Taylor Swift's Eras Tour, in review

Taylor Swift.
Taylor Swift. John Shearer/Getty Images for TAS Rights Management
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Pop mastermind Taylor Swift opened her industry-disrupting Eras Tour on Friday, taking over Arizona's State Farm Stadium for a night of jaw-dropping visuals, potent power ballads, and bedazzled costumes strikingly coordinated with each chapter of her illustrious career. The 44-song tour de force, which began with Lover-era deep cut "Miss Americana and the Heartbreak Prince" and ended with the bubbly and biting "Karma," a fan-favorite track from 2022's Midnights, careened through all 10 of Swift's original albums, each of which received its own highly-personalized portion of the show.

Before diving into Fearless' "You Belong With Me," Swift asked the stadium if it was "ready to go back to high school" with her. And when it was time for Evermore, she made sure to note how much she loves the album "despite what some of you say on TikTok." Indeed, that parasocial relationship Swift has with her fans — perhaps one of the strongest in the music industry — was on full display Friday night, as she cheekily warned her acolytes that "I see it — I see all of it" ("it" being the content they post about her online).

From her 2006 debut, "Tim McGraw" was the only song Swift chose to honor, having opted to build out the Evermore, Folklore, Lover, and Midnights portions of the set instead. Speak Now fans were surely disappointed to hear only "Enchanted," the album's sweeping, Adam Young-dedicated pop epic, though perhaps that's because she (allegedly) plans to soon release the re-recorded project as Speak Now (Taylor's Version). Either way, diehard Swifties can rest at least somewhat easy knowing there will be one surprise acoustic performance each night of the tour, affording them a chance to hear those older, deep cuts at some point in the night. During Friday's opener, Swift selected Folklore's "Mirrorball," a song about her sense of self as a performer.

Of course, there were some celebrities among the 70,000 in attendance — actress Laura Dern, who has a cameo in the "Bejeweled" music video, actress Emma Stone, and all three members of HAIM were spotted rocking out at various points on Friday, while former NFL star JJ Watt (who appears to have attended the Saturday show) shared his thoughts on the evening in a Sunday morning TikTok: "She crushed it. And she didn't even look tired. I was tired and I was just sitting there!"

So far, reviews for the tour's opening performances have proven overwhelmingly positive, with most (like Watt) heralding the singer's endurance, as well as her unmatched dedication to putting on a mindblowing show. "Breaking: Taylor Swift is not simply a voice in our ears or an abstract concept to argue over at parties, but a flesh-and-blood being with a taste for sparkling pajamas and the stamina of a ram," wrote The Atlantic's Spencer Kornhaber, who alleged that Swift had "conjured actual magic" during her three-hour spectacle. "The concert," he said, "had been unbelievable, but so was the fact that this one human woman planned to do it again the next night, and for many after."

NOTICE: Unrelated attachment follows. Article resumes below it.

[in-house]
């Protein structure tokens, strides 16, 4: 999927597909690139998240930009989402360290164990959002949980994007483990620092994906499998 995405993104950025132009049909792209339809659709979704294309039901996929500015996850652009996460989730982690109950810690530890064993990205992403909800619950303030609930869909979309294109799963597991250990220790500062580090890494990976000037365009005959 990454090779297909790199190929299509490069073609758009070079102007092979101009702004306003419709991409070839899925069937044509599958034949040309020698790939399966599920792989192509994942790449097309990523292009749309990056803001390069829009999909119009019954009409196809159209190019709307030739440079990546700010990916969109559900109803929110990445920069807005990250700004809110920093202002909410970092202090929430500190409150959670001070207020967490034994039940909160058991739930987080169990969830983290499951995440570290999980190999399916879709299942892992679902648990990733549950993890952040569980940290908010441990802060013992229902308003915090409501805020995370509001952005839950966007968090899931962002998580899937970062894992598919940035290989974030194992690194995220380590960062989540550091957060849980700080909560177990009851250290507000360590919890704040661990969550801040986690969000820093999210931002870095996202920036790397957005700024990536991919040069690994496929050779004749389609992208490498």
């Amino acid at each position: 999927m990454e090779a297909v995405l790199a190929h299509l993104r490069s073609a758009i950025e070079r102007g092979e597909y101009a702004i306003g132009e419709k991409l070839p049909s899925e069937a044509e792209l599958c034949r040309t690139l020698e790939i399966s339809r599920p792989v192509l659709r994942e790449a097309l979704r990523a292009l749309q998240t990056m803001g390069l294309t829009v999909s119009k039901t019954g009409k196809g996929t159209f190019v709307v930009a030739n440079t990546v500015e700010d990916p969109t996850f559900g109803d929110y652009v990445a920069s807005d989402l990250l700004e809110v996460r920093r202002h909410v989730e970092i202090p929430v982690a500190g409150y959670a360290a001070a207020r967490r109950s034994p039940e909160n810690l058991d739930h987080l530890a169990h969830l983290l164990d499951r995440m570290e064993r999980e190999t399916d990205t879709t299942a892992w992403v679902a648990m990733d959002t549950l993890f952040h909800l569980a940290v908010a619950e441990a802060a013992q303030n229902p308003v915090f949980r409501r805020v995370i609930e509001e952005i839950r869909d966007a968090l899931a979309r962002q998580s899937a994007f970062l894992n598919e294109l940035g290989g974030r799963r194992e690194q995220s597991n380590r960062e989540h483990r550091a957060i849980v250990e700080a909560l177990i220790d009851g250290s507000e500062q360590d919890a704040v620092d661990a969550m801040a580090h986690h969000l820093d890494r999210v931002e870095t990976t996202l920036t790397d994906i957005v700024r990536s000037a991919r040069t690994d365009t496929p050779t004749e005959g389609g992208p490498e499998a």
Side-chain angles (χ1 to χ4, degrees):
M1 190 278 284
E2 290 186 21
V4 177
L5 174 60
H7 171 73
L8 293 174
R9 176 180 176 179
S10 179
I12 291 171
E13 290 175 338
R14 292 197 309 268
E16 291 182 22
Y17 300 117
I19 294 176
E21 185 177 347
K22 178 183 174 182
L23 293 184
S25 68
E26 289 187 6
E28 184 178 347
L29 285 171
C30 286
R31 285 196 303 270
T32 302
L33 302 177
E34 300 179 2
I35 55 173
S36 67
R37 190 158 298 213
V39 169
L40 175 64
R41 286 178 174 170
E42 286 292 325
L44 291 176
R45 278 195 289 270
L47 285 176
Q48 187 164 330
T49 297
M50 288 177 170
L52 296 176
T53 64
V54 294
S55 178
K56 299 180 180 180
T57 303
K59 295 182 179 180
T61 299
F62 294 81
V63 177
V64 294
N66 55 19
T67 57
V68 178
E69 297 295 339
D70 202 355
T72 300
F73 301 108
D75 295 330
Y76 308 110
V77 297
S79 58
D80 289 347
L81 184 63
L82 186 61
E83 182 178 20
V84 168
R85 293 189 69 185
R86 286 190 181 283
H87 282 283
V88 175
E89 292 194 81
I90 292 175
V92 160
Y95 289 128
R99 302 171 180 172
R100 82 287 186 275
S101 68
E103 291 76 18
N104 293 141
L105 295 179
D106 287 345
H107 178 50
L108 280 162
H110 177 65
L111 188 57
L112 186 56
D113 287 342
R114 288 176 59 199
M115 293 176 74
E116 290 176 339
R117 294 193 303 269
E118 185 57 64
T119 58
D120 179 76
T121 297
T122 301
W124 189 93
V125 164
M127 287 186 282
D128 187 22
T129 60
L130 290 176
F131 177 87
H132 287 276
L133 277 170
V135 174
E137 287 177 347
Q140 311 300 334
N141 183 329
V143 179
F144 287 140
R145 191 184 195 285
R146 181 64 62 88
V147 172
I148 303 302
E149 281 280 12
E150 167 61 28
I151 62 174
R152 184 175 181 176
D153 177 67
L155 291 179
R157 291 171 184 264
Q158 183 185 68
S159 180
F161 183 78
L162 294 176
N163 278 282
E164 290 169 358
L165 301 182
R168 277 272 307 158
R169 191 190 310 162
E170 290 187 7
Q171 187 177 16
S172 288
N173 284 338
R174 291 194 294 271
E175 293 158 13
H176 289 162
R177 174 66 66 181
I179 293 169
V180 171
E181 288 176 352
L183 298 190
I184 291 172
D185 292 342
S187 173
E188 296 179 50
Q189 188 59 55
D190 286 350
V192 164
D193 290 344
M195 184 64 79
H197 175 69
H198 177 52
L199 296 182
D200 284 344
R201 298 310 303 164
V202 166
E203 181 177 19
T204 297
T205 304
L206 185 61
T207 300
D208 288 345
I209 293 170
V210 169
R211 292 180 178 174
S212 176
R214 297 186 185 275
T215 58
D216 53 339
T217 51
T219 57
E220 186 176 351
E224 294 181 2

"The Eras Tour is a feat," Waiss David Aramesh similarly concluded for Rolling Stone. "It's live music at its highest spectacle and greatest excess. And for most, without the catalog and showmanship of Swift, it'd be too much. But 17 years into her career, maybe we ought to stop being surprised when she finds a way to top her own efforts year after year."

"Going album by album (or, era by era) in color-blocked, outfit-delineated segments (including two sparkling bodysuits, a ballgown, two ethereal dresses, a one-legged snake suit, and the outfit from the 22 music video), Swift packed more than many TikTok speculators thought possible into one show, with almost no breaks and seemingly endless stamina," mused The Guardian Adrian's Horton, whose only critique seemed to pertain to sound issues that she posited likely had less to do with "a tour or performance problem than the challenge of projecting sound to a stadium full of 70,000 people." At one point, Horton said, "the volume on her mic seemed to go wildly up and down."

And for The New York Times' Jon Caramanica, the show's peak was indisputably Swift's 10-minute performance of "All Too Well," the beloved and incising breakup ballad that received a minutes-long facelift when it was re-released in Nov. 2021. "Plenty were singing along with her," Caramanica wrote of the moment, "but somehow, the accumulated voices sounded like one huge hush, students in awe of the master class." The critic was less impressed with the Evermore portion of the night, which he described as "particularly limp" and awkwardly juxtaposed against the much rowdier Reputation chapter. The Folklore era "fared slightly better, especially 'Cardigan' and 'Betty,'" he continued, "but this section teetered toward melodrama, as if compensating for the less assured production on those songs." But if there were another "pillar performance" of the evening, for Caramanica it was "Tim McGraw," a song that "remained as raw as the day it was recorded." There were "no real tweaks" to the track, "no rejoinder from the new Swift to the old one — just a searing take on the sort of love that makes for a better song than relationship," something "Swift simply has understood all along."

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